Hardesty: Public vs. private school basketball debate? I'm not joining it.

By Tom Hardesty | Assistant Sports Editor Published:

Every year at high school basketball tournament time, the same old tired argument rears its ugly head: Public school vs. private school.

The battle lines between the two sides are well-drawn, and there's almost nothing anyone can say to change someone's point of view on the subject. Minds on both sides were made up long ago.

So I'm not going to address that particular issue in this space.

What I will say, however, is that fans who have been watching the tournaments over the decades -- like myself -- have seen a dramatic transformation in demographics take place when it comes to small-school basketball in the state of Ohio.

And I love it.

For those who think small-school hoops should be reserved only for undersized teams playing slow-down basketball and launching long jump shots all game -- mixed in with countless trips to the foul line -- well, times have changed -- for the better. The small-school game has evolved into a fast-paced, athletic, play-above-the-rim venture in the mold of its big-school counterparts, which has elevated the small-school game to another level entirely.

Small-school hoops in Ohio have changed as the state's -- the country's -- demographics have changed. In other words, the Division IV level of basketball isn't just for the suburbs and outlying rural communities anymore. It's all-inclusive, and I think it's great for the game. It offers contrasting styles, tactics and strategies, and for someone who has attended the state basketball tournament for several decades, it's a breath of fresh air.

Unfortunately, there are those who don't like the direction that Ohio small-school basketball has taken, and it comes off as close-minded and ugly.

To wit:

The Division IV state champion the last two years was Berlin Hiland, a tiny school in the middle of Amish country.

Hiland, a public school, won two consecutive state titles in impressive fashion, featuring a tall, athletic lineup with versatile players who could run the floor, bury NBA-range 3-pointers, and drive and dunk. Their three best players stood 6-foot-7, 6-6 and 6-4. Division IV opponents had little chance against this very-atypical small school from farm country.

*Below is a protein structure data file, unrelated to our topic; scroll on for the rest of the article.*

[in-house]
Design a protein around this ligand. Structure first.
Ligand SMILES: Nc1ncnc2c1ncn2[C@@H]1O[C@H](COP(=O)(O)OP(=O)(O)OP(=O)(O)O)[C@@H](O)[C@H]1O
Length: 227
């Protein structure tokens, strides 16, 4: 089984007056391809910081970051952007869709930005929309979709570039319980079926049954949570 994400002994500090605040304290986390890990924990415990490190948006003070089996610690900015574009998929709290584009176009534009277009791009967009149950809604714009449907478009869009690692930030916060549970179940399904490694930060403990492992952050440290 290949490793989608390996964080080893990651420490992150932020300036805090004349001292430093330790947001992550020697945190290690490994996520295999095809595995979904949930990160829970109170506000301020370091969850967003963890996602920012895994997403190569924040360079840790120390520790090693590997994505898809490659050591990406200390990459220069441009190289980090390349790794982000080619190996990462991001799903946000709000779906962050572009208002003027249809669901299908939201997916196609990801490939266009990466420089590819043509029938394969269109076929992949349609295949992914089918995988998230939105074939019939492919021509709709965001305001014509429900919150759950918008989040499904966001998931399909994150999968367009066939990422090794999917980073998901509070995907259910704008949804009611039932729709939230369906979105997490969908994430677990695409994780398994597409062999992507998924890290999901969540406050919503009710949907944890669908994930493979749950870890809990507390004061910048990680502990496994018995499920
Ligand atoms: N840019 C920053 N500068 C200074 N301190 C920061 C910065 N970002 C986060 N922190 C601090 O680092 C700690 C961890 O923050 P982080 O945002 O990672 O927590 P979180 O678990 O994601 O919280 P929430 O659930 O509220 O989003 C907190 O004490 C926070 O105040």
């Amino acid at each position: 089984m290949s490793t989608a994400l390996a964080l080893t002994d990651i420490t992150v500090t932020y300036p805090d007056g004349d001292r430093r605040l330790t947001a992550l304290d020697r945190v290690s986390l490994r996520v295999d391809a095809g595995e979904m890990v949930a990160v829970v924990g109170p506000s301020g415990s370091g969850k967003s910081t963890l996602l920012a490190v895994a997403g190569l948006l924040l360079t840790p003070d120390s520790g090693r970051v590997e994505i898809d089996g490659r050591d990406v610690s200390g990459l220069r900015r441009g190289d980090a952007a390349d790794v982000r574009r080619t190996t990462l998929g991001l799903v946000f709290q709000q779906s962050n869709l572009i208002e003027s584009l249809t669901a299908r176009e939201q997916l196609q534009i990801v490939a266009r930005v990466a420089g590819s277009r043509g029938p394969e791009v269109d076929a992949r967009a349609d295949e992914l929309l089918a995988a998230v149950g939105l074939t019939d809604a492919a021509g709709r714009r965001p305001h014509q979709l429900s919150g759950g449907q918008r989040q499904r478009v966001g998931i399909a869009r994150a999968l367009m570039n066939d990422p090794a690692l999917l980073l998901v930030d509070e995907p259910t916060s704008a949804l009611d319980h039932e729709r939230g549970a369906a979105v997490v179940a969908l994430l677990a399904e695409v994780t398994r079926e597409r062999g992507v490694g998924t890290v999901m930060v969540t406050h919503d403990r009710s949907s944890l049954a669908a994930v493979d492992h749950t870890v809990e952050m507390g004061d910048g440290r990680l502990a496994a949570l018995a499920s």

Fast-forward the film to this season. Cleveland Villa Angela-St. Joseph is tearing through the Division IV tournaments much like Berlin Hiland did the previous two years, only now there's a problem in the eyes of too many people:

First, St. Joseph is a private school. Second, it's an inner-city school. Third, it used to be a big school -- the operative phrase being "used to."

So now we get to hear how it's not fair, that the players on St. Joseph's team are too big, too fast and too athletic for the Division IV level.

So were Berlin Hiland's players the last two years, but nobody said a word. In fact, one of the Hawks' best players transferred to Hiland as a junior for those two state-championship seasons.

Again, not a peep.

I saw those Hiland teams play in person, and I was blown away at how big they were, how skilled they were, how versatile they were, even how they dunked like a Division I college team. In the state title game last year, Hiland dismantled Jackson Center 68-36.

That's a 32-point victory in the state championship game over the undefeated, No. 1-ranked team in the state. I wouldn't have believed if I hadn't seen it myself.

I thoroughly enjoyed watching those thoroughbreds from Hiland glide up and down the floor, and I am looking forward to getting a look at St. Joseph this year. The Vikings have reached the regional finals, and a win Friday night at the Canton Memorial Fieldhouse would advance them to the state final four in Columbus next week.